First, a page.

United States District Court, D. Arizona
G. Murray Snow Chief United States District Judge.
before the Court is the Motion to Suppress of Defendant
Joseph Minh McReynolds (Doc. 33). For the following reasons
the motion is denied.
19, 2018, Officer G. Varela of the Colorado River Indian
Tribes Police Department (“CRITPD”) pulled over a
car for speeding-he clocked the car traveling at 51 miles per
hour in a 35 mile-per-hour zone-in Parker, Arizona. Officer
Varela, while an employee of the CRITPD, is also certified by
the Arizona Peace Officer Standards and Training Board, and
so is authorized to enforce both tribal and state law.
Officer Varela was wearing a body camera during the incident
and recorded his interactions with the two individuals in the
car: Travis Malara, the driver, and Defendant, the passenger.
Varela approached the car and asked Malara if he was aware
how fast he had been driving. Officer Varela asked Malara for
his driver's license, and Malara stuttered as he
answered. Officer Varela interpreted this action as Malara
acting nervously. He therefore requested identification from
Defendant as well. Because Officer Varela believed Malara was
acting nervously, he asked the two men if they had any
weapons. Defendant informed Officer Varela that he had a
firearm in the front-right pants pocket.
Varela then informed Defendant that he would come around to
the passenger side of the vehicle and remove the weapon from
the vehicle. He told Defendant to not make any sudden moves
and keep his hands in view. Officer Varela approached
Defendant, asked if the gun had ammunition chambered (it
did), and removed it from Defendant's pocket. When asked
if he had any other weapons, Defendant said no.
Varela then called in Malara's and Defendant's names
to dispatch to conduct a records check. While the check was
being conducted, Officer Varela asked the two men if there
were any drugs in the car and if Defendant had anything else
on his person. Defendant said no. Officer Varela then called
in the firearm's serial number to dispatch. While the
records checks were being performed, Officer Varela and other
officers who had arrived removed Malara and Defendant from
records check revealed that Malara had a non-extraditable
warrant issued for him in California, and that there may also
have been a “mental health order” for Malara.
Dispatch also informed Officer Varela that Defendant had
“major priors in the last seven years” and that
he was currently on supervised release. Officer Varela
therefore decided to request a more in-depth check of
Defendant to determine if he was a prohibited possessor.
However, dispatch was unable to contact Defendant's
probation officer to confirm that he was a prohibited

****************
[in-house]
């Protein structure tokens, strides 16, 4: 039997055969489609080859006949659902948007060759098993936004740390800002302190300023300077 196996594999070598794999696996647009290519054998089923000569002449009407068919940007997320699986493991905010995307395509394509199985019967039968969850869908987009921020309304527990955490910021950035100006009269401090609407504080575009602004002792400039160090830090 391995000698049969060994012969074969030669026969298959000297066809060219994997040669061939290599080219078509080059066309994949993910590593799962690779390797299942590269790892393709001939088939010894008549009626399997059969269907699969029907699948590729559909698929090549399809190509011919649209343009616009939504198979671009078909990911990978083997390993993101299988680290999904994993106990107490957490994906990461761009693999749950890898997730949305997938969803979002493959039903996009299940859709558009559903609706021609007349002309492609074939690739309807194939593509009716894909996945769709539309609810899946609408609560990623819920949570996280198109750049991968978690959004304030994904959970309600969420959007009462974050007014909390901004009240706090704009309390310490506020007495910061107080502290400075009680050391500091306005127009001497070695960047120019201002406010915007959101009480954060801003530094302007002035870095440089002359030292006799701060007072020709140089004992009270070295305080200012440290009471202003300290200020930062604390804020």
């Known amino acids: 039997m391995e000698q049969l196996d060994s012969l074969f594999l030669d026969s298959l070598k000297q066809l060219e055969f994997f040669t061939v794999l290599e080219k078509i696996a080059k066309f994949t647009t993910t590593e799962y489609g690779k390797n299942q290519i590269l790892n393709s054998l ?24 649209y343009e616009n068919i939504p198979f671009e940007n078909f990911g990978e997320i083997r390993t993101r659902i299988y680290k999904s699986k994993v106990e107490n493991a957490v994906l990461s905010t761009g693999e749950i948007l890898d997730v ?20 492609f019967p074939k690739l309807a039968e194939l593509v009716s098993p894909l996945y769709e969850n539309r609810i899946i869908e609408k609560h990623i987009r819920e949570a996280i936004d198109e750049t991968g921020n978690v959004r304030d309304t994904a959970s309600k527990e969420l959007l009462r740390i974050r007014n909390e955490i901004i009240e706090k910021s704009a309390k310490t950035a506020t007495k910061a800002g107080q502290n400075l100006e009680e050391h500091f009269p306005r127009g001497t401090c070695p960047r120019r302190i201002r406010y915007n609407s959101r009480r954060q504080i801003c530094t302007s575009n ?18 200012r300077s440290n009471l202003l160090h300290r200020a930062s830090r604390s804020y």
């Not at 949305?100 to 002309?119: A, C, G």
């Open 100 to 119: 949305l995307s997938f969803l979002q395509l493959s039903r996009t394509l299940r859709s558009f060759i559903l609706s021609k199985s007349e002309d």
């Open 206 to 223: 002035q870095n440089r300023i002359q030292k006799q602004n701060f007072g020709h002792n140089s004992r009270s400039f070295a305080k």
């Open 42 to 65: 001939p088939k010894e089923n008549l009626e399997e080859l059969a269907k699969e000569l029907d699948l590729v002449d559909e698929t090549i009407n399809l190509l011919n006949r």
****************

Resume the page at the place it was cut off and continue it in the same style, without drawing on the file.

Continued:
possessor. The stop ended less than twenty minutes after it
began, but Officer Varela informed Defendant that CRITPD
would be keeping Defendant's firearm until it could
confirm that he was not a prohibited possessor. Officer
Varela did not issue a citation to Malara, but instead gave
him a verbal warning.
days later, Defendant's probation officer informed CRITPD
that Defendant was a prohibited possessor. CRITPD
communicated the information to the United States
Attorney's Office, which then filed this action against
Defendant, charging him with a single count of prohibited
possession. Defendant now moves to suppress all evidence
obtained during the traffic stop as well as any statements he
allegedly made while he was detained by Officer Varela during
the traffic stop.
Fourth Amendment to the United States Constitution provides
that “[t]he right of the people to be secure in their
persons, houses, papers, and effects, against unreasonable
searches and seizures, shall not be violated.” U.S.
Const. amend. IV. Traffic stops by law enforcement implicate
the Fourth Amendment “because stopping an automobile
and detaining its occupants constitute a seizure . . . even
though the purpose of the stop is limited and the resulting
detention quite brief.” Delaware v. Prouse,
440 U.S. 648, 653 (1979); United States v. Choudhry,
461 F.3d 1097, 1100 (9th Cir. 2006). For a traffic stop to be
constitutional, law enforcement officers must have
“reasonable suspicion” that a person in the car
is breaking the law. Heien v. North Carolina, 574
U.S. 54, 135 S.Ct. 530, 536 (2014); Choudhry, 461
F.3d at 1100 (citing United States v. Lopez-Soto,
205 F.3d 1101, 1104 (9th Cir. 2000)). “Officers have
reasonable suspicion when specific, articulable facts[, ]
together with objective and reasonable inferences, form the
basis for suspecting that the particular person detained is
engaged in criminal activity.” Choudhry, 461
F.3d at 1100 (quoting United States v.
Montero-Camargo, 280 F.3d 1122, 1129 (9th Cir. 2000) (en
banc)) (internal quotation marks omitted).
Officer Varela had authority to make the traffic
contends that Officer Varela, as a member of the CRITPD,
lacked authority to enforce the law against Malara and
Defendant because neither are tribal members or nonmember
Indians. “An Indian tribe's authority to enforce
criminal laws on tribal land is nuanced. On tribal land, a
tribe has inherent powers as a separate sovereign to enforce
criminal laws, but only as to its tribal members and
nonmember Indians.” United States v. Cooley,
919 F.3d 1135, 1141 (9th Cir. 2019) (citing United States
v. Lara, 541 U.S. 193, 197-99 (2004)). Tribes'
“authority over non-Indians is more limited. A tribe
has no power to enforce tribal criminal law as to
non-Indians, even when they are on tribal land.”
Id. But “[t]ribal officers are often delegated
authority by a ...